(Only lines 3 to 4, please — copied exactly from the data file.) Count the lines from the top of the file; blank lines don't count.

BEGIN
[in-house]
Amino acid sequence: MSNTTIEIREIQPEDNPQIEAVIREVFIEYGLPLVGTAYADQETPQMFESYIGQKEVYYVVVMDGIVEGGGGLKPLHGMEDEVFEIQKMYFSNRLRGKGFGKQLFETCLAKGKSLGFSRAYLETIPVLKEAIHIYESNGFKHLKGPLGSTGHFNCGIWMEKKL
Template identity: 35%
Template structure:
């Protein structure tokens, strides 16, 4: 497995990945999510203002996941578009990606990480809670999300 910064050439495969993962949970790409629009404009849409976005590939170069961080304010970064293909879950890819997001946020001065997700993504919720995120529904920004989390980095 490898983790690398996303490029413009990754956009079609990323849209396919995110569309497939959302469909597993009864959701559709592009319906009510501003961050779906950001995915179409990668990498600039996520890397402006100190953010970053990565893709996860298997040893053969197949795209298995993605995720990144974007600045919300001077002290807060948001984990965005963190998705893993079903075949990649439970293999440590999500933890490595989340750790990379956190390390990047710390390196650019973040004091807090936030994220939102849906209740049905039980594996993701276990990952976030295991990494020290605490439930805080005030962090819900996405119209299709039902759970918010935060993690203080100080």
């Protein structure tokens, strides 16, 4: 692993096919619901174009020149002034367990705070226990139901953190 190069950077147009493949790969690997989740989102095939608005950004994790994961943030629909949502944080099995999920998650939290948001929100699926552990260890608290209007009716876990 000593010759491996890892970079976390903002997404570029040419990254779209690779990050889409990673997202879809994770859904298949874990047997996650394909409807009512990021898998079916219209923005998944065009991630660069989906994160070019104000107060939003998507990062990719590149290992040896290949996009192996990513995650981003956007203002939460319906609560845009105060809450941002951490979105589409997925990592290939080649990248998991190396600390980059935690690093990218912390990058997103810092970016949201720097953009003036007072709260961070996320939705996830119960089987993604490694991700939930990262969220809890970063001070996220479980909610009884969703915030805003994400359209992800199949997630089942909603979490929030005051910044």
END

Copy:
Template identity: 35%
Template structure: